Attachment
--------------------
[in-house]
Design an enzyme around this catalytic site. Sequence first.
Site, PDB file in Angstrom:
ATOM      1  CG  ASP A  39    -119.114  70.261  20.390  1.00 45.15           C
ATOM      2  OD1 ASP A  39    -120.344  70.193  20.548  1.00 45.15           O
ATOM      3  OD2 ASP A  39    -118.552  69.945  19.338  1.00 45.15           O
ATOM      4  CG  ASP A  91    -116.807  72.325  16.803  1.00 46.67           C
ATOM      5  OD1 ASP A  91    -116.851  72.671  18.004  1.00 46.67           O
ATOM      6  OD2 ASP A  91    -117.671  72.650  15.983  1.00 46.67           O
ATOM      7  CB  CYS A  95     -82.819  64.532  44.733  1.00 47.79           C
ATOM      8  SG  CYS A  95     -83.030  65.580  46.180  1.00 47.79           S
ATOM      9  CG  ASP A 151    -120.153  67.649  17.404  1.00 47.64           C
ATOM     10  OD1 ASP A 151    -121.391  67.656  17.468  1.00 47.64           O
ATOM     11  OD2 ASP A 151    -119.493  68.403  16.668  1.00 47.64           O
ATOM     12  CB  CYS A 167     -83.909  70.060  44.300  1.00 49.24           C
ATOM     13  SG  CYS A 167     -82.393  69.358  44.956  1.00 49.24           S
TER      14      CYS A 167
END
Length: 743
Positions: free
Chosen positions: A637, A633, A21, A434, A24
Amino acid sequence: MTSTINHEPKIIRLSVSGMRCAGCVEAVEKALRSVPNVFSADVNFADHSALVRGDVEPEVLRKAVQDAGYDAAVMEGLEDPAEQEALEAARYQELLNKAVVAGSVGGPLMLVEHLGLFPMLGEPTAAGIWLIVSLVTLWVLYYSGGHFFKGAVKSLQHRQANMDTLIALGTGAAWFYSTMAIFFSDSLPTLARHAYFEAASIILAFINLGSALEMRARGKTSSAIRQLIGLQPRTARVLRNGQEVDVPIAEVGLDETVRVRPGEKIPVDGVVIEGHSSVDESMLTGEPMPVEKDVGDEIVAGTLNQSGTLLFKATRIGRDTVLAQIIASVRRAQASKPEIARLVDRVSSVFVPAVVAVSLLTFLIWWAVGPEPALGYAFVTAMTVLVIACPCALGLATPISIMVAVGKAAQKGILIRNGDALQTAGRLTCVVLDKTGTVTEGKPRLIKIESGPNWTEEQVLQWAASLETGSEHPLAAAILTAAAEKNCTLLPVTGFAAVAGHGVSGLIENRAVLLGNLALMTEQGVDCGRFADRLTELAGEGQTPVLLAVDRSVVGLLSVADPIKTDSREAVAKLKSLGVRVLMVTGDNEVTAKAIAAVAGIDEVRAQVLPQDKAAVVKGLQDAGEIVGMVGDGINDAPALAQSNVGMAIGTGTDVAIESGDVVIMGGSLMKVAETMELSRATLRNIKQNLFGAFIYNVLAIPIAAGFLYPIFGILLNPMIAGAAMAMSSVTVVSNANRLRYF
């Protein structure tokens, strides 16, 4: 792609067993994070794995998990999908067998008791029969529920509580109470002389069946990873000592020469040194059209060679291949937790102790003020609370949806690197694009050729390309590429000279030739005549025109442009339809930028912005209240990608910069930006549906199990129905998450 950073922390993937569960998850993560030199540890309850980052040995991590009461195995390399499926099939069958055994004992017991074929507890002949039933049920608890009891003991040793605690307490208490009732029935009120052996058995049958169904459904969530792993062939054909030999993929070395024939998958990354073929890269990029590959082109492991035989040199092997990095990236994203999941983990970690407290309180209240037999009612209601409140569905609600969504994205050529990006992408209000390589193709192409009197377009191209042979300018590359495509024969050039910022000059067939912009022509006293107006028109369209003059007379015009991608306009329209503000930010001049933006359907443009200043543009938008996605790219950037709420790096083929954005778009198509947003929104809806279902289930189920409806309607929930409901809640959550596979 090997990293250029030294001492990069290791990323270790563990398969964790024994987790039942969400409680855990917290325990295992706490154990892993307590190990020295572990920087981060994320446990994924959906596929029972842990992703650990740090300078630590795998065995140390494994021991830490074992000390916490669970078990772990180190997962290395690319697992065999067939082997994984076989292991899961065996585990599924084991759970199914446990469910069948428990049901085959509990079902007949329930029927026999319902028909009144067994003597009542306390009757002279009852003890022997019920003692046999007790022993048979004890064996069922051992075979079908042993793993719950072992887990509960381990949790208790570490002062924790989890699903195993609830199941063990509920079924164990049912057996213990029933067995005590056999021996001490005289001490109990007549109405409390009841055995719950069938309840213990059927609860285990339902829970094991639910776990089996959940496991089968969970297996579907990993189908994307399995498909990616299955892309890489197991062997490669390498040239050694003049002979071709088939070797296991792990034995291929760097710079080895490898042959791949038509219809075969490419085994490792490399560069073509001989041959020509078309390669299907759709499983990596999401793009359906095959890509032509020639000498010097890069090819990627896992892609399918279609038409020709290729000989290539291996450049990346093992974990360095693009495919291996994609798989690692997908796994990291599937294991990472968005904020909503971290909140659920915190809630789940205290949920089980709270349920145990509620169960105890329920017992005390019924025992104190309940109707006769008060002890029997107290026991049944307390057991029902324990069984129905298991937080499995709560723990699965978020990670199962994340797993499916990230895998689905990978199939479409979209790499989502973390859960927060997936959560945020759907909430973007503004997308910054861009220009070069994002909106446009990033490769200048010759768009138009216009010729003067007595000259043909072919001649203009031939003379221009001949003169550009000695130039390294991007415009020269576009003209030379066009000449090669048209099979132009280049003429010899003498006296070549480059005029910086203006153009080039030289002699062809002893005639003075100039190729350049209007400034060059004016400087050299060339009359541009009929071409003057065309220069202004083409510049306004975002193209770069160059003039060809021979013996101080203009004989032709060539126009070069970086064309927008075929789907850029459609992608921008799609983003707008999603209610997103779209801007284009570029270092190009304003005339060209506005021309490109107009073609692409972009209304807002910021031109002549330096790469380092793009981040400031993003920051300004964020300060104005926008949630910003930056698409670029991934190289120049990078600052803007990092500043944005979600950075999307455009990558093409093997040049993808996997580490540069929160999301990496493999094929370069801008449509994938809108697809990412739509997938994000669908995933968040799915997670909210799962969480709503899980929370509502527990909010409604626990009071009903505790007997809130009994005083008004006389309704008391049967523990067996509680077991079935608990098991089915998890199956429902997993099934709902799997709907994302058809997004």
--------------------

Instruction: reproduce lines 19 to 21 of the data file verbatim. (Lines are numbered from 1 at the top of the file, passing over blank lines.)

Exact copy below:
Length: 743
Positions: free
Chosen positions: A637, A633, A21, A434, A24